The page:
According to the New York Times, the GOP’s big win last night “Stirs Economic Jitters Abroad.” Yes, that’s right: our former paper of record reports that “the United States’ allies overseas are concerned that the political upheaval in Washington may pose fresh challenges to the global economy.”
Why is that? Because they are not following the neo-Keynesian playbook favored by the Times’s chief galactic economist Paul Krugman. For months now, Krugman has been skirling that the government, having spent more than $1 trillion on a non-stimulating stimulus package, wasn’t spending enough to achieve economic lift-off, let alone escape velocity. Spend spend spend! — that is Krugman’s mantra.
At least, it’s the first verse. The second goes: “Tax tax tax.” And here we have some folks — really quite a few: count ’em Nancy! — who think government should be smaller, that government should spend less, that the best way to address the deficit and to create jobs is to stimulate economic growth, and that the tried and true way to do that, as old Uncle Milt Friedman reminded us many years ago, is to cut marginal tax rates and reduce burdensome regulation, because — are you following me, Paul? — by doing that you unfetter economic activity, encouraging business to expand.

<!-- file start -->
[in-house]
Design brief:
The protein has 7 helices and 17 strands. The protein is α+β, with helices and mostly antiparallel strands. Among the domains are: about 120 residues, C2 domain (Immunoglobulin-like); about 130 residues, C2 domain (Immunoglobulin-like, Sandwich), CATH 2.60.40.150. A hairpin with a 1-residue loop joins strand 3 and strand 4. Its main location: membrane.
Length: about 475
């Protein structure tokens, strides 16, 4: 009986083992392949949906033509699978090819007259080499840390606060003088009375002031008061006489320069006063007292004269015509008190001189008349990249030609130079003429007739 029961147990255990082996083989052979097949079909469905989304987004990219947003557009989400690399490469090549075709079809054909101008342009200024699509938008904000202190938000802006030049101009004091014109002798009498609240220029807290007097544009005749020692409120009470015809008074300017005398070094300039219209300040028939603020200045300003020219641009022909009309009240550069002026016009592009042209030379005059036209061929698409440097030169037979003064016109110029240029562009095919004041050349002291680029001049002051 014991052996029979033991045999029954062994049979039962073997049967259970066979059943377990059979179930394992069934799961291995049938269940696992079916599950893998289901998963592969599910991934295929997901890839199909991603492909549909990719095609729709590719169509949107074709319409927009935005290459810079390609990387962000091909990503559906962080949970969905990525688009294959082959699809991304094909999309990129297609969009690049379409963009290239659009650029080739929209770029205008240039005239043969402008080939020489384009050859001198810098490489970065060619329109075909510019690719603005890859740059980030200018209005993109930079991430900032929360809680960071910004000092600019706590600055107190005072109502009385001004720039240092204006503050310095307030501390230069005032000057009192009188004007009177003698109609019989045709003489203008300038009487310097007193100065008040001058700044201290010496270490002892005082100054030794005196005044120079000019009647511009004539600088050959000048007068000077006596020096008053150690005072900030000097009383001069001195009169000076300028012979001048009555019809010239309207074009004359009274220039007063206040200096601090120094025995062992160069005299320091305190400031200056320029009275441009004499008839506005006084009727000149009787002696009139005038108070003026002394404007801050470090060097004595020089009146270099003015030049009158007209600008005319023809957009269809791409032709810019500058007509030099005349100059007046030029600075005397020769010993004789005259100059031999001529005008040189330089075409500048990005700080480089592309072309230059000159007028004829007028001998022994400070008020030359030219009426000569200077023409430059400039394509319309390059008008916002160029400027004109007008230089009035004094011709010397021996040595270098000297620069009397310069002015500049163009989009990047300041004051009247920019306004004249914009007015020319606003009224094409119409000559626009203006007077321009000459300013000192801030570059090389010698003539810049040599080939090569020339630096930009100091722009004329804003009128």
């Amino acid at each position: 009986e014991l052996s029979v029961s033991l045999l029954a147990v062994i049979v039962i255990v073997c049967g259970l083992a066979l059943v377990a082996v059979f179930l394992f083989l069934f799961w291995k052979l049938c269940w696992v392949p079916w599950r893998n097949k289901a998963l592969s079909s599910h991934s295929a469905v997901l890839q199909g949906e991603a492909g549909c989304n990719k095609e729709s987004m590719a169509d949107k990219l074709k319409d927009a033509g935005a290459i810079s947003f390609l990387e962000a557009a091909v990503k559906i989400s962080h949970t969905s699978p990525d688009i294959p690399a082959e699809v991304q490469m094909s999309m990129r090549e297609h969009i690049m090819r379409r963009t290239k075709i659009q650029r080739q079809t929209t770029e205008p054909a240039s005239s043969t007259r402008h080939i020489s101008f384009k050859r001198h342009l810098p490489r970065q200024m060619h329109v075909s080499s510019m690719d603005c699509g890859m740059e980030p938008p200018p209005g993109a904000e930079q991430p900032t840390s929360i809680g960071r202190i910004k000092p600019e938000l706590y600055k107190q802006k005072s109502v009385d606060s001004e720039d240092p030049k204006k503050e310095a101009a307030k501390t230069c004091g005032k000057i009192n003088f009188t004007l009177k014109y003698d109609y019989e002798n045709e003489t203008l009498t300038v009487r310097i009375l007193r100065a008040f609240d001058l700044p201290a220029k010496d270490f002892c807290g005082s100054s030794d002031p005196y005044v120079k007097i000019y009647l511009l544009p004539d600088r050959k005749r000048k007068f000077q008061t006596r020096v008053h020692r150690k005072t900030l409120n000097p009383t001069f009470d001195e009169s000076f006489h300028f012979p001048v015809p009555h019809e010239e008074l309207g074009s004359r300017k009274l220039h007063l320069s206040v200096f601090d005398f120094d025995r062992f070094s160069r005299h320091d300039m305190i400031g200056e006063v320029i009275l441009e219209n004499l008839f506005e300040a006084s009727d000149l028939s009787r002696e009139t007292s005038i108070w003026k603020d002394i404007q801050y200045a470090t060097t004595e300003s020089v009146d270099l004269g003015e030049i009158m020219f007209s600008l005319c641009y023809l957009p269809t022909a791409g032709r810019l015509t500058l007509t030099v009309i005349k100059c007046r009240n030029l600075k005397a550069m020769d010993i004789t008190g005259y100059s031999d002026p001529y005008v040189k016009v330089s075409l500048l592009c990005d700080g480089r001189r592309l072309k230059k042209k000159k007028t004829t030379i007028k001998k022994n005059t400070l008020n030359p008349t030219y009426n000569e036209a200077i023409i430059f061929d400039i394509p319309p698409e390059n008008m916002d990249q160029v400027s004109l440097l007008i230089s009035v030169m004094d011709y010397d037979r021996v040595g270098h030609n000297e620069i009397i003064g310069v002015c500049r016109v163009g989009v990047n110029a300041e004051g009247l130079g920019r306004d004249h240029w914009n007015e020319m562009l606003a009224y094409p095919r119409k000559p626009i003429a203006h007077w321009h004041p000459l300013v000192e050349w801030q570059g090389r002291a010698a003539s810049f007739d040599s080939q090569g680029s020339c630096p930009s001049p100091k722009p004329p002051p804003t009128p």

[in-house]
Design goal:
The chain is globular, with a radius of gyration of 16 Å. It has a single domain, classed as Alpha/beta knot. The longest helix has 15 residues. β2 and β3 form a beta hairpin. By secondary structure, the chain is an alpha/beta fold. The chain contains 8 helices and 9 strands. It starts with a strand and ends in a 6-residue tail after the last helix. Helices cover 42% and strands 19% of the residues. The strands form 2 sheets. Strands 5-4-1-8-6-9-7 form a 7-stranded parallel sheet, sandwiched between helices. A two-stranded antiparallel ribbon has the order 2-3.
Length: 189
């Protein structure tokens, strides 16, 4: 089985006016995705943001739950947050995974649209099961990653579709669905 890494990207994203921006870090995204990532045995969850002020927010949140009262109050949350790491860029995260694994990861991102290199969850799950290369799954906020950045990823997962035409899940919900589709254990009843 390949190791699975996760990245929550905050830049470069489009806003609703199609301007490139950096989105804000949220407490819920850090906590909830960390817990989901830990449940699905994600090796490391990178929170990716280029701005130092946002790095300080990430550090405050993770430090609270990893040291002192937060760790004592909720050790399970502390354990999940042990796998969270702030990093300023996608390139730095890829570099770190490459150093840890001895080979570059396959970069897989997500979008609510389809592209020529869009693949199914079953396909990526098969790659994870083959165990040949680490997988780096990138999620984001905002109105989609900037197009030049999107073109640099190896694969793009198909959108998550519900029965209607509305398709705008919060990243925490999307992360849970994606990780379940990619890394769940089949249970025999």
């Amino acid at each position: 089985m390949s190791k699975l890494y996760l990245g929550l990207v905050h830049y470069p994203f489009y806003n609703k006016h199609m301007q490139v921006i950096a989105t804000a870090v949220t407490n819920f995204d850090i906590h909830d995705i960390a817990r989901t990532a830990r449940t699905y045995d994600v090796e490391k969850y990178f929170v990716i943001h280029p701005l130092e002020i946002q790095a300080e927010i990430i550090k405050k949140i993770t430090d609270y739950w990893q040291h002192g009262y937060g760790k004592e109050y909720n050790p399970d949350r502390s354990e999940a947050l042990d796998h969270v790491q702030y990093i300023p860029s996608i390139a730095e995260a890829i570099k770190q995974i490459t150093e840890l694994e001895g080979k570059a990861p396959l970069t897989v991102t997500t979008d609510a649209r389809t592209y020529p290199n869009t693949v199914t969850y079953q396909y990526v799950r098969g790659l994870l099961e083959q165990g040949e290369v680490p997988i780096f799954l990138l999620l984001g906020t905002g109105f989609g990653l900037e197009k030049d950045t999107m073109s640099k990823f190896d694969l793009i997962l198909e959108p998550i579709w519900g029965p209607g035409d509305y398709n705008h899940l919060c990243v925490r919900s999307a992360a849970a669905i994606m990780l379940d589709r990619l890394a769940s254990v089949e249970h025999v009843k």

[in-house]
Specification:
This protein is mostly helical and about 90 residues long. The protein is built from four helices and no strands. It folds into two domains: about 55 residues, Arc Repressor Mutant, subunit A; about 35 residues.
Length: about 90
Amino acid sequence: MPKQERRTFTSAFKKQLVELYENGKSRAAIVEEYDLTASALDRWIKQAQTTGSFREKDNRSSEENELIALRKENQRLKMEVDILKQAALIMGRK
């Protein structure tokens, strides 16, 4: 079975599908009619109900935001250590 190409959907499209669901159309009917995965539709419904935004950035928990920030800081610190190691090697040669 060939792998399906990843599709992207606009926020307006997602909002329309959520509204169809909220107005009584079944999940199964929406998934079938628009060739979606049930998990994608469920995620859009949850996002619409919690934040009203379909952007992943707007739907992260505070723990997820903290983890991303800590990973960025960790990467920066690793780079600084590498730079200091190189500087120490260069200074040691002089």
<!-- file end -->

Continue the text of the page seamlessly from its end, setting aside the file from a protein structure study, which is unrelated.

But here we have the New York Times, in its best hand-wringing mode:
“Despite pledges to curb government spending and the huge U.S. budget deficit, Republicans are expected to address anxiety over unemployment and flagging growth by pushing hardest for an extension of the income tax cuts for everyone, including the rich [!] that were passed during the presidency of George W. Bush — a move that would add to the deficit and, by extension, further weaken the U.S. dollar.”
Don’t you love it? “Including the rich,” i.e., the people who actually create the wealth the rest of us profit by. Not, I hasten to add, that by “rich” Obama seems “rich” — for him almost anyone with a middle-class income qualifies as rich, but then when he travels to India at a cost of $200 million a day, he isn’t picking up the tab.
More worries from the Times: “There is also the risk that Congress, which will be divided next year between Republican control of the House and a fragile Democratic majority in the Senate, will dissolve into gridlock.” You mean they might not be able to, you know, do anything? After the incontinent absence of gridlock these last 18 months, when the Obama administration rammed obscene, and obscenely expensive, health care legislation down the throats of the American people, despite widespread and ferocious opposition, a little “gridlock” might not be such a bad thing. Which would you rather have: cap & trade or gridlock? I know which I would choose.
The Times is right to worry about the sorry condition of the dollar, which has fallen some 15 percent against Europe’s fantasy currency, the euro, since June. But the dollar is depressed because of Obama’s anti-growth (and, incidentally, anti-American) policies.